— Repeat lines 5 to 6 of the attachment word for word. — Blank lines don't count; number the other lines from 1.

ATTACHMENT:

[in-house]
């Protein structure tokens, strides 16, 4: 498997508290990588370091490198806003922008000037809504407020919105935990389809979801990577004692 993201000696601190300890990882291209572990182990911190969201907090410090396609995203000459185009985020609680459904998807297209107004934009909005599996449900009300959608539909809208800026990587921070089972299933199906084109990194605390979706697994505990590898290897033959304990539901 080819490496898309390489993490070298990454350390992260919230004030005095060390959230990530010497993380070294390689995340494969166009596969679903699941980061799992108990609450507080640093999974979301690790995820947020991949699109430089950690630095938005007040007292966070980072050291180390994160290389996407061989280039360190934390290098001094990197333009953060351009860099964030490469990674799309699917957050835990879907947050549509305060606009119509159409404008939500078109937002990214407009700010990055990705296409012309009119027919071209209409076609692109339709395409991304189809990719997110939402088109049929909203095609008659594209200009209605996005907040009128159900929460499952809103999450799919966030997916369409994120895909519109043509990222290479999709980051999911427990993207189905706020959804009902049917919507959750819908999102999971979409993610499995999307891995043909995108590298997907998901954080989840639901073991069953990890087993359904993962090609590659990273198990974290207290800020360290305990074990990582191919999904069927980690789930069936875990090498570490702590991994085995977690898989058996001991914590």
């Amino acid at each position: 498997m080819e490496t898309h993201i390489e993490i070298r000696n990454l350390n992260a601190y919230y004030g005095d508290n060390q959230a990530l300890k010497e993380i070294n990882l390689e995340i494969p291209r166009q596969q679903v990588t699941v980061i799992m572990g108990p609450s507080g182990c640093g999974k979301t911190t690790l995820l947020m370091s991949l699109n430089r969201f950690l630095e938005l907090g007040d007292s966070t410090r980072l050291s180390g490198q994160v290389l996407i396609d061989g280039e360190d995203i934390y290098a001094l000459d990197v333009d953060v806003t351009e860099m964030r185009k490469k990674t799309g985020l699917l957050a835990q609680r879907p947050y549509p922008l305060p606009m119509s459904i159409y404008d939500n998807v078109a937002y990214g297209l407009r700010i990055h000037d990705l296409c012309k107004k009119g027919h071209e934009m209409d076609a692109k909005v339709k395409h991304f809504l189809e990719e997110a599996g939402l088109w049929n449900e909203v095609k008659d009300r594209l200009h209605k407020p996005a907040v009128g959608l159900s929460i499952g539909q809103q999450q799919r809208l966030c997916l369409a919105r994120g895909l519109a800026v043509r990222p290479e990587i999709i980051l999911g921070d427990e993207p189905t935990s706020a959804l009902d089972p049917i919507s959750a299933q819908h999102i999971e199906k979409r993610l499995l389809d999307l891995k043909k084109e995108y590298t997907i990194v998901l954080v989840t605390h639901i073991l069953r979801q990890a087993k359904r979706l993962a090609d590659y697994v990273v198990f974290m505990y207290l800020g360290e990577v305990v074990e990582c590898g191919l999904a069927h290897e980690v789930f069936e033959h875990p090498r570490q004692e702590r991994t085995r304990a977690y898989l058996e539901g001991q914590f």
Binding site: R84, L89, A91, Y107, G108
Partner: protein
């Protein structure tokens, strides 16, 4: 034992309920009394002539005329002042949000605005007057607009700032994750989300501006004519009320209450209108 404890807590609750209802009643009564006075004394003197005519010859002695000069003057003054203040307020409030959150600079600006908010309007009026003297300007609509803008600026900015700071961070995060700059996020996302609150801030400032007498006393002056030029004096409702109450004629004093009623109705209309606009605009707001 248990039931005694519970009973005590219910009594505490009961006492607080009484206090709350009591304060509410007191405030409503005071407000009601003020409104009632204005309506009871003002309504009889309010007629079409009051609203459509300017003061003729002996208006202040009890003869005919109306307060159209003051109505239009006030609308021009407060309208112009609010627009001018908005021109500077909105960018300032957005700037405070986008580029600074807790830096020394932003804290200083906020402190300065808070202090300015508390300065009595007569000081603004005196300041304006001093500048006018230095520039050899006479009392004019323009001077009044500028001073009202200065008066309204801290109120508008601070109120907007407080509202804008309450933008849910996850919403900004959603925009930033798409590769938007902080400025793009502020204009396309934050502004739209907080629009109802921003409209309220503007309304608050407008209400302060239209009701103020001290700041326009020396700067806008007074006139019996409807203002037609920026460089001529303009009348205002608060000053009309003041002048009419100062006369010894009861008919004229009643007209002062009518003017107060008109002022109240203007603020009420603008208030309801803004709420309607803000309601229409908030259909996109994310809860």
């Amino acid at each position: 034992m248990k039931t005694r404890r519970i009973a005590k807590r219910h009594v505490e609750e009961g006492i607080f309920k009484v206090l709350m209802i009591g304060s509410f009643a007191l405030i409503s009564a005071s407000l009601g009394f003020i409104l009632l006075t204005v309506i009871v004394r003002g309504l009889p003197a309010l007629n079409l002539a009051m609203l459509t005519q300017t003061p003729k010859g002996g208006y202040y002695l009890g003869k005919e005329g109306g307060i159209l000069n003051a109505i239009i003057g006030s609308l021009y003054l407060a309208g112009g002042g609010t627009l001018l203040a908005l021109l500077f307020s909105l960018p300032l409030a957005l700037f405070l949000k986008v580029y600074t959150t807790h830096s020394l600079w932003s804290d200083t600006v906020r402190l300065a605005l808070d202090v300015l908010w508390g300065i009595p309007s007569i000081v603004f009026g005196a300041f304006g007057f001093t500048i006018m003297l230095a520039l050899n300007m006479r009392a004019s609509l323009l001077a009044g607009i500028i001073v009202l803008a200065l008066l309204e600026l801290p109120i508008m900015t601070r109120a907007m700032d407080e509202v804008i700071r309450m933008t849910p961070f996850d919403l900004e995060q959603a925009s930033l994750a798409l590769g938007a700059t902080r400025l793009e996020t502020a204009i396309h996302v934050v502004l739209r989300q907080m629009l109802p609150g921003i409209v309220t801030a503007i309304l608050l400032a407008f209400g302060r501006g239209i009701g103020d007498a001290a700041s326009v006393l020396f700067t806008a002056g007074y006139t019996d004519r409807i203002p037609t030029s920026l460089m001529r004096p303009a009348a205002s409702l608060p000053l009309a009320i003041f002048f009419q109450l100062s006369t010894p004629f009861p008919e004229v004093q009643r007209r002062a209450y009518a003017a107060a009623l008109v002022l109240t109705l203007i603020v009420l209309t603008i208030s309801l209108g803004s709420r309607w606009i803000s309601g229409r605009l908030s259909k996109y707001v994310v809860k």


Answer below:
Partner: protein
């Protein structure tokens, strides 16, 4: 034992309920009394002539005329002042949000605005007057607009700032994750989300501006004519009320209450209108 404890807590609750209802009643009564006075004394003197005519010859002695000069003057003054203040307020409030959150600079600006908010309007009026003297300007609509803008600026900015700071961070995060700059996020996302609150801030400032007498006393002056030029004096409702109450004629004093009623109705209309606009605009707001 248990039931005694519970009973005590219910009594505490009961006492607080009484206090709350009591304060509410007191405030409503005071407000009601003020409104009632204005309506009871003002309504009889309010007629079409009051609203459509300017003061003729002996208006202040009890003869005919109306307060159209003051109505239009006030609308021009407060309208112009609010627009001018908005021109500077909105960018300032957005700037405070986008580029600074807790830096020394932003804290200083906020402190300065808070202090300015508390300065009595007569000081603004005196300041304006001093500048006018230095520039050899006479009392004019323009001077009044500028001073009202200065008066309204801290109120508008601070109120907007407080509202804008309450933008849910996850919403900004959603925009930033798409590769938007902080400025793009502020204009396309934050502004739209907080629009109802921003409209309220503007309304608050407008209400302060239209009701103020001290700041326009020396700067806008007074006139019996409807203002037609920026460089001529303009009348205002608060000053009309003041002048009419100062006369010894009861008919004229009643007209002062009518003017107060008109002022109240203007603020009420603008208030309801803004709420309607803000309601229409908030259909996109994310809860």